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. Last Updated: 07/27/2016

Transforminp the Farms

The program to transform 27, 000 large socialist collective and state farms covering 218 million hectares of agricultural land into 3 to 4 million family farms based on private property was, in essence, apolitical and not an economic objective.


The entire economic, transport and social infrastructure of the Russian and Ukrainian rural population had been tied to the giant collective or state farms. In 1991, 38. 7 million people (26. 1 per cent of the population) lived in the countryside in the Russian Federation. However, only 9. 3 million of them were directly employed in agriculture.


The government of Yeltsin and Gaidar aimed to eliminate socialism and introduce capitalism in the agricultural sector. They thought that the privatization of the village would be a far simpler task, with irreversible consequences, than privatizing industry. The reform, however, was conducted without analyzing all the stages which take place between sowing and harvesting agricultural crops and the retail sale of agricultural products to the urban population.


At the end of the 1980s the Soviet Union reached West European levels of production per person of grain, meat, milk and eggs. In the Russian Federation, for example, 54 million tons of milk and 49 billion eggs were produced per annum: 385 liters of milk and 350 eggs a year for each person. In Ukraine the level of milk was even higher - 480 liters per year per person.


But little of this reaches the consumer. Grain is lost during the harvest because of poor combines, insufficient grain dryers and inadequate machinery. More is lost in transit because of unsuitable trucks (for the most part seconded military motorized battalions and railway trucks).


Approximately 50 percent of potatoes and vegetables rot each year in the city storage facilities. Food-processing techniques have not moved beyond the technical level of the 1950s.


Finally, there are simply insufficient retail outlets in the towns. None of the new concrete jungles of high-rise estates in most large towns have enough shopping centers, supermarkets, restaurants and cafes.


Plowmen and milkmaids cannot solve the problems of transport, refrigeration, processing, conserving, packaging, storage or modern retailing facilities. These are essentially problems of the urban economy. and in these fields hardly anything has been privatized.


Almost the entire infrastructure of the production and sales process has to be re-created. and while young Russian entrepreneurs are happy to make deals, buy and resell goods and appropriate valuables, they show no inclination to undertake initiatives in the food processing industry where a long-term strategy for the future is required.


Expert assessments done for the Russian government reckon that it will be possible, at best, to buy no more than 20 million tons of grain for state needs from local producers in 1992. To supply the urban population of 113 million people, the army and the complex fodder required by the large specialized cattle and poultry farms, the state requires a minimum of 46 million tons of grain in its reserves.


It is proposed to import the shortfall of 26 million tons - 6 million tons from Kazakhstan (where a good harvest is expected) and the rest from the United States, Canada, Argentina and anywhere else where grain can be purchased on credit.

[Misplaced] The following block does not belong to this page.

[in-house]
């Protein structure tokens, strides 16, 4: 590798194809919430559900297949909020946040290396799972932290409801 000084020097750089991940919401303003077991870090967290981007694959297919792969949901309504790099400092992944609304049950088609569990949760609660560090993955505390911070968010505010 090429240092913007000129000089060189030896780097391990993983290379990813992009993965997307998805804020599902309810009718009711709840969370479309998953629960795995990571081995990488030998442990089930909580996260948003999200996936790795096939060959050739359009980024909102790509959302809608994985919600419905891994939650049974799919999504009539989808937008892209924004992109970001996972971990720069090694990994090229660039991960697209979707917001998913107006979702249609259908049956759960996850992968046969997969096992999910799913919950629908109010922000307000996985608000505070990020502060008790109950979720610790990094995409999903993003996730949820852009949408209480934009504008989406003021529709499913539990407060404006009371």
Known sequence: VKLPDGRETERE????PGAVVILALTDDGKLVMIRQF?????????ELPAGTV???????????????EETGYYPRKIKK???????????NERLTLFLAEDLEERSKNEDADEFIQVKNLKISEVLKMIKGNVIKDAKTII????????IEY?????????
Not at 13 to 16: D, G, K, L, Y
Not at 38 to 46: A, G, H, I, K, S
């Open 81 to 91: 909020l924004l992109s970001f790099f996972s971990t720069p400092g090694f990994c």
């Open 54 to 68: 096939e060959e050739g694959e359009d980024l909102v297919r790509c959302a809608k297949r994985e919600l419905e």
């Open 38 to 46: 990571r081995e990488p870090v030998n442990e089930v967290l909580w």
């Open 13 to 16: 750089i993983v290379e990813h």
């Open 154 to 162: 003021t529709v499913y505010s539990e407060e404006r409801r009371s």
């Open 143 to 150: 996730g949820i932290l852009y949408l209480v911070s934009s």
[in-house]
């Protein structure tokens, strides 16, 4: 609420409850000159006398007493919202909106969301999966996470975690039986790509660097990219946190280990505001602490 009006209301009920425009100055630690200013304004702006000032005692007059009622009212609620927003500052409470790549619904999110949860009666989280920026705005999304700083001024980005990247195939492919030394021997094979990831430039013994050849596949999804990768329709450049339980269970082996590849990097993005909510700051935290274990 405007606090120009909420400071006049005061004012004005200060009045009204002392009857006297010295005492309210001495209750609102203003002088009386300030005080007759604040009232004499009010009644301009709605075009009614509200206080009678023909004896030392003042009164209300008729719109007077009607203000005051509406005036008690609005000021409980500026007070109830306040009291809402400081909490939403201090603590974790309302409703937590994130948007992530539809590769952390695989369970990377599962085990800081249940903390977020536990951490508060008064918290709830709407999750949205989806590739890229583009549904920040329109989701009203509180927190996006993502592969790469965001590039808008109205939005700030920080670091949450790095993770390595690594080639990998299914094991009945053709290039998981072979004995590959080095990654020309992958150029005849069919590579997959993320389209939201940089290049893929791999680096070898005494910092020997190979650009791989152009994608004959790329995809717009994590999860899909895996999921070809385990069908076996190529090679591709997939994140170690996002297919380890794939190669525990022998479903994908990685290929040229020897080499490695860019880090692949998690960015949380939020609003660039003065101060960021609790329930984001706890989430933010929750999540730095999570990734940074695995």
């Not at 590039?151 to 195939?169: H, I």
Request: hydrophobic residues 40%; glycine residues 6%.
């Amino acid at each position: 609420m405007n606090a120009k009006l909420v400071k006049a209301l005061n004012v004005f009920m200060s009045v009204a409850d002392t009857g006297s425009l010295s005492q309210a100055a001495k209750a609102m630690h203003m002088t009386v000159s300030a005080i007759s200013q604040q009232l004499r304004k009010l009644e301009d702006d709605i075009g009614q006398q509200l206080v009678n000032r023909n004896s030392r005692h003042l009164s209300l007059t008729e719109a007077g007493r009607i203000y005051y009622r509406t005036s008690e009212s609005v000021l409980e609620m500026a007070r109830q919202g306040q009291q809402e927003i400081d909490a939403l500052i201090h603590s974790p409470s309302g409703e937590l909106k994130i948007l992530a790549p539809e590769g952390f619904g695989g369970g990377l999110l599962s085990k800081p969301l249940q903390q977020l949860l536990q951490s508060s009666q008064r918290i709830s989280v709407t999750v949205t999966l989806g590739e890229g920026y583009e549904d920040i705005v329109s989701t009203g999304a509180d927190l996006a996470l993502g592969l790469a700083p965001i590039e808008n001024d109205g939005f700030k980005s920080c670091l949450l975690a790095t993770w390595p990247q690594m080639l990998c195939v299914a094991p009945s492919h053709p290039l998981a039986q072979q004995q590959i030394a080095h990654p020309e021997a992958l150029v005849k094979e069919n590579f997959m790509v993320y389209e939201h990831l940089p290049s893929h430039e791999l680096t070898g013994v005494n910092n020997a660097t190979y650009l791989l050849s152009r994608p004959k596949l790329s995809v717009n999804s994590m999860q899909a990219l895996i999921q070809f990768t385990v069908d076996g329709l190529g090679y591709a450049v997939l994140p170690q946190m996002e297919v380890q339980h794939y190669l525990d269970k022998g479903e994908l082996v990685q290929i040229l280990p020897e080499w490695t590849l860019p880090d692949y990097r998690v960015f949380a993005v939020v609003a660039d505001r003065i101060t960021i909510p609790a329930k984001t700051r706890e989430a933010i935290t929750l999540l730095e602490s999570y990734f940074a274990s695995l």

Apart from Kazakhstan, the other 13 republics of the former Soviet Union are also counting on importing grain. However, the very high price of dollars in Russia makes it extremely disadvantageous to import food for hard currency.


A new demographic trend will probably begin in Russia in 1993, as people begin to leave the towns for the villages. The growth in unemployment, reductions in the armed forces and the immigration of Russians from Moldova, the Baltic republics, the Caucasus and Central Asia are already creating attempts to direct these people to the countryside rather than the towns.


Because of the fact that the land in old Russia and in the Soviet Union did not belong to the peasants, the rural population was always prepared to abandon the villages for the towns. The growth of the towns in the 20th century was particularly fast in Russia and the Soviet Union. , increasing the urban population from 20 to 200 million.


Curiously, the common ownership of land might now ameliorate the looming catastrophe. It is possible that in the next few years 5 to 10 million people will move out of the towns into the Russian countryside. In the last two years alone the proportion of expenditure on food in the average budget of a Russian urban family has risen from 40 to 75 percent and it continues to rise. This has removed the main advantage of living in town.


Russia's immutable geography - huge distances, a severe climate and a poor road network - makes it senseless to consider increasing the movement of unprocessed and perishable agricultural produce around the country. The food and food-processing industries must be moved closer to agricultural producers. This is the only way that waste, the main cause of the food problem, can be reduced.


Russian rural socialism cannot be destroyed by decree. But it can be transformed gradually by supplying the villages with a modern capitalist food processing industry and a modern agrarian service.


Zhores Medvedev is a biologist and author who has lived in London since 1973.